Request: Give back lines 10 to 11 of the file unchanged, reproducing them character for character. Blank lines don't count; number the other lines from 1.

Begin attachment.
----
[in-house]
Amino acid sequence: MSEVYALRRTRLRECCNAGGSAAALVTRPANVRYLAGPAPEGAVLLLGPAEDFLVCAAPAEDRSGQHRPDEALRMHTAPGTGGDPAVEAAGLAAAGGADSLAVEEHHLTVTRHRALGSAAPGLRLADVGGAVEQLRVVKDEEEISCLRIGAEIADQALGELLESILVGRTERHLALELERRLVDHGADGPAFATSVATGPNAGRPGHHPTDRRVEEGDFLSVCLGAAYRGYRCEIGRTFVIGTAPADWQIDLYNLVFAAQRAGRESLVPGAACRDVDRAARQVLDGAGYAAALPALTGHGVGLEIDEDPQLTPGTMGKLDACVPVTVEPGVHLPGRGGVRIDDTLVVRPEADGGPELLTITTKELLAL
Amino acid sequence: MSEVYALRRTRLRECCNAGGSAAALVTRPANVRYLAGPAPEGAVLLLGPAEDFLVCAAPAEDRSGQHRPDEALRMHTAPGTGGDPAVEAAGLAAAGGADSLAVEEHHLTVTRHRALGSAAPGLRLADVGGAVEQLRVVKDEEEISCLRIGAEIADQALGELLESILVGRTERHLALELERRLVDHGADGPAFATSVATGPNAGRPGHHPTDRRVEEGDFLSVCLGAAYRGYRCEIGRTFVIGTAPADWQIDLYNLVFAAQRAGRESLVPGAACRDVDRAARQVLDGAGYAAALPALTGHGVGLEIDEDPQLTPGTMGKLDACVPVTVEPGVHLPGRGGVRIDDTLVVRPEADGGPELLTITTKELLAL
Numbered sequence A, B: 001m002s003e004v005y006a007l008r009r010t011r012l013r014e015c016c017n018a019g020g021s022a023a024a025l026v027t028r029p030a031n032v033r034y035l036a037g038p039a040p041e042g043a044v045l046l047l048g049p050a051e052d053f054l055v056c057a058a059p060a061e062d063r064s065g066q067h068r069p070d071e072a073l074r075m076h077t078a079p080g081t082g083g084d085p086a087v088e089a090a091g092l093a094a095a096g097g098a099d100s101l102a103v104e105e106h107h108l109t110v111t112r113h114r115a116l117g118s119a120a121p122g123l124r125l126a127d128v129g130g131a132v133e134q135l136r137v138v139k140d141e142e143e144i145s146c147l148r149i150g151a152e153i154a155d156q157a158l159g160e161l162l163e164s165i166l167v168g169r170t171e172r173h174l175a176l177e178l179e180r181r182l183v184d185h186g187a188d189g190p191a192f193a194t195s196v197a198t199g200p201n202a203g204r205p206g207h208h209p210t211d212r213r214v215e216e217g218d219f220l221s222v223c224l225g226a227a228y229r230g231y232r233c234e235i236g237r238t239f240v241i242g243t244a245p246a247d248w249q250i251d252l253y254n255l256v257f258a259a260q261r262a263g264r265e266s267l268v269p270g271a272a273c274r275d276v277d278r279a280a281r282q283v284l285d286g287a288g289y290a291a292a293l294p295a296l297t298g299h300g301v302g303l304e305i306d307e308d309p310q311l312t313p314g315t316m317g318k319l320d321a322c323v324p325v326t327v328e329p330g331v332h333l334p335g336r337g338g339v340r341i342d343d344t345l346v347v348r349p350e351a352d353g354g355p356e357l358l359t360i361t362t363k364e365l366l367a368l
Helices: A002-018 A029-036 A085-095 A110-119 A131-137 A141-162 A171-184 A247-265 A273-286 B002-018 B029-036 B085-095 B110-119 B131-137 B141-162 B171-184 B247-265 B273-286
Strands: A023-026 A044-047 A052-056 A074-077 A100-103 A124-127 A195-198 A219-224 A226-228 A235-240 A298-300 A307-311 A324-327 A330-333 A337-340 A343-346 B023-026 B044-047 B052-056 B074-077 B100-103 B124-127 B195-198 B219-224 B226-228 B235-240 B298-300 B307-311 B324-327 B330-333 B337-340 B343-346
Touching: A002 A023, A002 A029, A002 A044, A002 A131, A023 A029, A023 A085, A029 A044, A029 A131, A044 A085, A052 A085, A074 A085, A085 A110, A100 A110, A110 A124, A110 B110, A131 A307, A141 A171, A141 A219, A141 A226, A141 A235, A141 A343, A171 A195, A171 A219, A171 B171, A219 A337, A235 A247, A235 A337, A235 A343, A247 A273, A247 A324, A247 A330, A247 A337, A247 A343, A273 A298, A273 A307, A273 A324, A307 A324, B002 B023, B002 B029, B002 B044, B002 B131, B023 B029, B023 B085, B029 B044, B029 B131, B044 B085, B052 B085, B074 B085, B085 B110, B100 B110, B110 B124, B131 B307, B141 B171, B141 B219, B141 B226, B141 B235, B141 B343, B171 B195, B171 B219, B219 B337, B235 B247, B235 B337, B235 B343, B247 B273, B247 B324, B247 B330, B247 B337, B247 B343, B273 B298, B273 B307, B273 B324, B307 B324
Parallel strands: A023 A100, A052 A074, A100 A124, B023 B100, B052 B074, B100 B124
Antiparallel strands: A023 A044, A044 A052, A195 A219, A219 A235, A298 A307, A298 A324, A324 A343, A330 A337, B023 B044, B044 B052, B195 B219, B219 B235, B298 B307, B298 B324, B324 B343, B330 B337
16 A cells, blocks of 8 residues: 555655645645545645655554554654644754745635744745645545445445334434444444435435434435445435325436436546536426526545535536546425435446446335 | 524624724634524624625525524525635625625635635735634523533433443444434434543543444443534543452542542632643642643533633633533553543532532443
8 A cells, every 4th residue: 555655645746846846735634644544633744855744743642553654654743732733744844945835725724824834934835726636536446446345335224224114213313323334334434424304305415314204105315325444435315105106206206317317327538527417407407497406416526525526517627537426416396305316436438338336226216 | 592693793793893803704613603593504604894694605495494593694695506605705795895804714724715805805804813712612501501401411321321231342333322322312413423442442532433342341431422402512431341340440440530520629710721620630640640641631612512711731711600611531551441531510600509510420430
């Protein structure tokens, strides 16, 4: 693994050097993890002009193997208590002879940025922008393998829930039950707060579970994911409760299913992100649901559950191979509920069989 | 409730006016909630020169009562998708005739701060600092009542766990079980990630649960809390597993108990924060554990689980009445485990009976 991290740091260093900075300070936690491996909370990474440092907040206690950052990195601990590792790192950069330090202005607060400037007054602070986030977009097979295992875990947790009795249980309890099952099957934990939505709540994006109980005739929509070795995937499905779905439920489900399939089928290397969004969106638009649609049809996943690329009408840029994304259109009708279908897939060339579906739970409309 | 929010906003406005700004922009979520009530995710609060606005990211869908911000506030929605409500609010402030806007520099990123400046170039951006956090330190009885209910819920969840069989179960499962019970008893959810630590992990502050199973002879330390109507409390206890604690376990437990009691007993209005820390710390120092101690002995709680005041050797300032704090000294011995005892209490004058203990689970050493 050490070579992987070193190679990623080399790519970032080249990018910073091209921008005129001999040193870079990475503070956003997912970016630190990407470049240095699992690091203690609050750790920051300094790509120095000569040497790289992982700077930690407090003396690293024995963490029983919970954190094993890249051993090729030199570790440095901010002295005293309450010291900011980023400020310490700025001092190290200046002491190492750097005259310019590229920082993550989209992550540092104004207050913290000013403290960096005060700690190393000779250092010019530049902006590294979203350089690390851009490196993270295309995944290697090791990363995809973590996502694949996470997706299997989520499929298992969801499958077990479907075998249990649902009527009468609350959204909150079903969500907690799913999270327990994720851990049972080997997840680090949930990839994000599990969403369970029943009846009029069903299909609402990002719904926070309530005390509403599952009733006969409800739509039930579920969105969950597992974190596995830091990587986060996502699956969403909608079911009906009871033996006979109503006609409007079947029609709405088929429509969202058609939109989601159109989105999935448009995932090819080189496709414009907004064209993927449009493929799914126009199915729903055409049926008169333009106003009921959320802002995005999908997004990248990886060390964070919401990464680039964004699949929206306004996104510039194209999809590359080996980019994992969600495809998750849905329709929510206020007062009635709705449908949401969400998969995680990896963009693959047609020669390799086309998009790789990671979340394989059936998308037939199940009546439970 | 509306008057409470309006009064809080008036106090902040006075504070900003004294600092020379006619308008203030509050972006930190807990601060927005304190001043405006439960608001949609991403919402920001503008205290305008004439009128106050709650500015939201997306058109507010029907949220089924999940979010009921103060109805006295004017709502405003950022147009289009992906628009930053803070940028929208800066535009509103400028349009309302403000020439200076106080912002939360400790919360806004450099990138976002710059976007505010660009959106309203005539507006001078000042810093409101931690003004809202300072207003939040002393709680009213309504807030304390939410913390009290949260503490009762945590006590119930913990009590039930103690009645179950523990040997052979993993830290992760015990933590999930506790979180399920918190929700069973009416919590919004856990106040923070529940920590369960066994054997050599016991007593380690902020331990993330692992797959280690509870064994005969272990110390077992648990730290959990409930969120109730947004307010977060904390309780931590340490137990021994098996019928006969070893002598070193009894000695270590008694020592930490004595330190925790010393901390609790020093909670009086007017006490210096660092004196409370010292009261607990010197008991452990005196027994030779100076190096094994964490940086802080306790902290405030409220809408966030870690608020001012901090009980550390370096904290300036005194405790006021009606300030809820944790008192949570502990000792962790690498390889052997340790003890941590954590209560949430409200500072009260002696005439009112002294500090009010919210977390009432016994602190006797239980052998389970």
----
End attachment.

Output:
16 A cells, blocks of 8 residues: 555655645645545645655554554654644754745635744745645545445445334434444444435435434435445435325436436546536426526545535536546425435446446335 | 524624724634524624625525524525635625625635635735634523533433443444434434543543444443534543452542542632643642643533633633533553543532532443
8 A cells, every 4th residue: 555655645746846846735634644544633744855744743642553654654743732733744844945835725724824834934835726636536446446345335224224114213313323334334434424304305415314204105315325444435315105106206206317317327538527417407407497406416526525526517627537426416396305316436438338336226216 | 592693793793893803704613603593504604894694605495494593694695506605705795895804714724715805805804813712612501501401411321321231342333322322312413423442442532433342341431422402512431341340440440530520629710721620630640640641631612512711731711600611531551441531510600509510420430